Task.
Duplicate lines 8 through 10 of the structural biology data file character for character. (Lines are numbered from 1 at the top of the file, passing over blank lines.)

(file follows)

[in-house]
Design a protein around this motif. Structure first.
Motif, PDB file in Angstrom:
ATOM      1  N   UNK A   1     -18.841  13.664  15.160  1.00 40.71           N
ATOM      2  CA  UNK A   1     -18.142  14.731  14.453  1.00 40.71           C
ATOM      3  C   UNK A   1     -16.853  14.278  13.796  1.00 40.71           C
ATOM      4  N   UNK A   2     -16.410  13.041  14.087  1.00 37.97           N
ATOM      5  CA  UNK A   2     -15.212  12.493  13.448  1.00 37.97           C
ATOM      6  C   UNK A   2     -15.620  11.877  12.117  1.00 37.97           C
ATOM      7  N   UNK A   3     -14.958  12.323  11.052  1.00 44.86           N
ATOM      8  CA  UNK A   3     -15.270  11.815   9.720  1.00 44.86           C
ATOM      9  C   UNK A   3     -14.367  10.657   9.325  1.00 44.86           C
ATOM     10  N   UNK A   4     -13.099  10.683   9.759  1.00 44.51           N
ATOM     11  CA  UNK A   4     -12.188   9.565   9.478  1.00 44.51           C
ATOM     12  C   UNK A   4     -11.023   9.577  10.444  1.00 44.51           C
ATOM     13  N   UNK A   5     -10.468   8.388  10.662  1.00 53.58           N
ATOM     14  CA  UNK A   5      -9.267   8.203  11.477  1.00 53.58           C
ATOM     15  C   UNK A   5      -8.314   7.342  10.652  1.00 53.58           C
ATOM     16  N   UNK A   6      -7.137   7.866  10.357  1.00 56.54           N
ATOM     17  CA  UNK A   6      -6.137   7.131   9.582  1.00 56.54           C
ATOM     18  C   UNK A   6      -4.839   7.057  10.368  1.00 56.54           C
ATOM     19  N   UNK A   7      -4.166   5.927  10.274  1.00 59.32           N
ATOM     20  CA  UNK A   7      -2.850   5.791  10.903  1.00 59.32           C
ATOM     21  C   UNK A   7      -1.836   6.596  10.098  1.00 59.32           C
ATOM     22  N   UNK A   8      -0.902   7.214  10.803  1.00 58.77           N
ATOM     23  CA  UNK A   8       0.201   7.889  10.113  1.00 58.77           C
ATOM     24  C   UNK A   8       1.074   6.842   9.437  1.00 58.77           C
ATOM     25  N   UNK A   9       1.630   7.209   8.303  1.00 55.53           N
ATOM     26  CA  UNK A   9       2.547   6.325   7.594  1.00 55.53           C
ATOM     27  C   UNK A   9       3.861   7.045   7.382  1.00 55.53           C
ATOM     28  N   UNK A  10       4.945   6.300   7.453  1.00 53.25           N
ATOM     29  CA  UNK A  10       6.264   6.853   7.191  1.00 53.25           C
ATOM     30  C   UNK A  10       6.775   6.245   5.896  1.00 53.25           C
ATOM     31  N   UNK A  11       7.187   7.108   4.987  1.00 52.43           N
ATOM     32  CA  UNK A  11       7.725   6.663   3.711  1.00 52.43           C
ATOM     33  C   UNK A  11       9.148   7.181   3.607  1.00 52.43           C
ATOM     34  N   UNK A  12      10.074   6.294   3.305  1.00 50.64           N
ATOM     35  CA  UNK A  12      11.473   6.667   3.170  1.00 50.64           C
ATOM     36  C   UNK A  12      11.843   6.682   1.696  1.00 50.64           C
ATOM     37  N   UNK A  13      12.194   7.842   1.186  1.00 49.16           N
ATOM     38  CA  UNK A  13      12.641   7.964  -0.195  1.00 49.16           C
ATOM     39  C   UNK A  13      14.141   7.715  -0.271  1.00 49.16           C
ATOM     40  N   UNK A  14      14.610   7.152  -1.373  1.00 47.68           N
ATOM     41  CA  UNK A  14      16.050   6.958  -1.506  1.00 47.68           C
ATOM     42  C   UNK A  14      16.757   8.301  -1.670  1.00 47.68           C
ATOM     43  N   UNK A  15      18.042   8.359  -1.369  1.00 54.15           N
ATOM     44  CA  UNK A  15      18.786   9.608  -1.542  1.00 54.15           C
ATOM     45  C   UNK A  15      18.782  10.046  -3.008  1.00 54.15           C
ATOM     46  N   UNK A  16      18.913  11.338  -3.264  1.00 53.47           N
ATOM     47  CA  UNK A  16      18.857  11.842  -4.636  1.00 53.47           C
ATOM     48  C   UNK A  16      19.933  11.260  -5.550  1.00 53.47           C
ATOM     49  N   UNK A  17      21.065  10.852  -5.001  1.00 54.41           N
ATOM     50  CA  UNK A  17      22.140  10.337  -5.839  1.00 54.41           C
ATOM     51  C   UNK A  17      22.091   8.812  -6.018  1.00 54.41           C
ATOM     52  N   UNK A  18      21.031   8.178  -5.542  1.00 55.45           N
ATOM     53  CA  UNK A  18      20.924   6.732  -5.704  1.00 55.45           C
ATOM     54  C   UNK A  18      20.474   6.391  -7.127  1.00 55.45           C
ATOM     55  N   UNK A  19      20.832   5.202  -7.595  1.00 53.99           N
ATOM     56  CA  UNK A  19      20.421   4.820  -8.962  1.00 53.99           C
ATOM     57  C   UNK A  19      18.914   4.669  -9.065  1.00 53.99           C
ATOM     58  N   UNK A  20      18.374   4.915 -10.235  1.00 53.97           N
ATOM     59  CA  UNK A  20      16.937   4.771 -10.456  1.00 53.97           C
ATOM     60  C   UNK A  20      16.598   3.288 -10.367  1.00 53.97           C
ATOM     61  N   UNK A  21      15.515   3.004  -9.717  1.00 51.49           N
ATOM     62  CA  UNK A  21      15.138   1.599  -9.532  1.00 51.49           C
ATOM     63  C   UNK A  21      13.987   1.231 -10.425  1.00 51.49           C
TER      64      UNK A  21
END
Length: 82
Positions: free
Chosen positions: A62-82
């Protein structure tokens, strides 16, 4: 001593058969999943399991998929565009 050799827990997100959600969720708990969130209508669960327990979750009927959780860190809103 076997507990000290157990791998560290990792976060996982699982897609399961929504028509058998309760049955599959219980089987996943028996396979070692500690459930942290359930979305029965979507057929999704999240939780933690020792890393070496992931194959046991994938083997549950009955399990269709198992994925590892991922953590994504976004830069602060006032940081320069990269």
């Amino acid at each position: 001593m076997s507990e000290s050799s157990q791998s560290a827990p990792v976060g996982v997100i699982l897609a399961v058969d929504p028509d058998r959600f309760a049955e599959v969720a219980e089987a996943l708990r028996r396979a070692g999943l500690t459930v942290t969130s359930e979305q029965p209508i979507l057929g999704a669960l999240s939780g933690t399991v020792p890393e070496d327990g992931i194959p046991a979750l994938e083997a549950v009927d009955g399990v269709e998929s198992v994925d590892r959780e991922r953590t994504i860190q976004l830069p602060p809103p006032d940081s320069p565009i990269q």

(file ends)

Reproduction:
ATOM      5  CA  UNK A   2     -15.212  12.493  13.448  1.00 37.97           C
ATOM      6  C   UNK A   2     -15.620  11.877  12.117  1.00 37.97           C
ATOM      7  N   UNK A   3     -14.958  12.323  11.052  1.00 44.86           N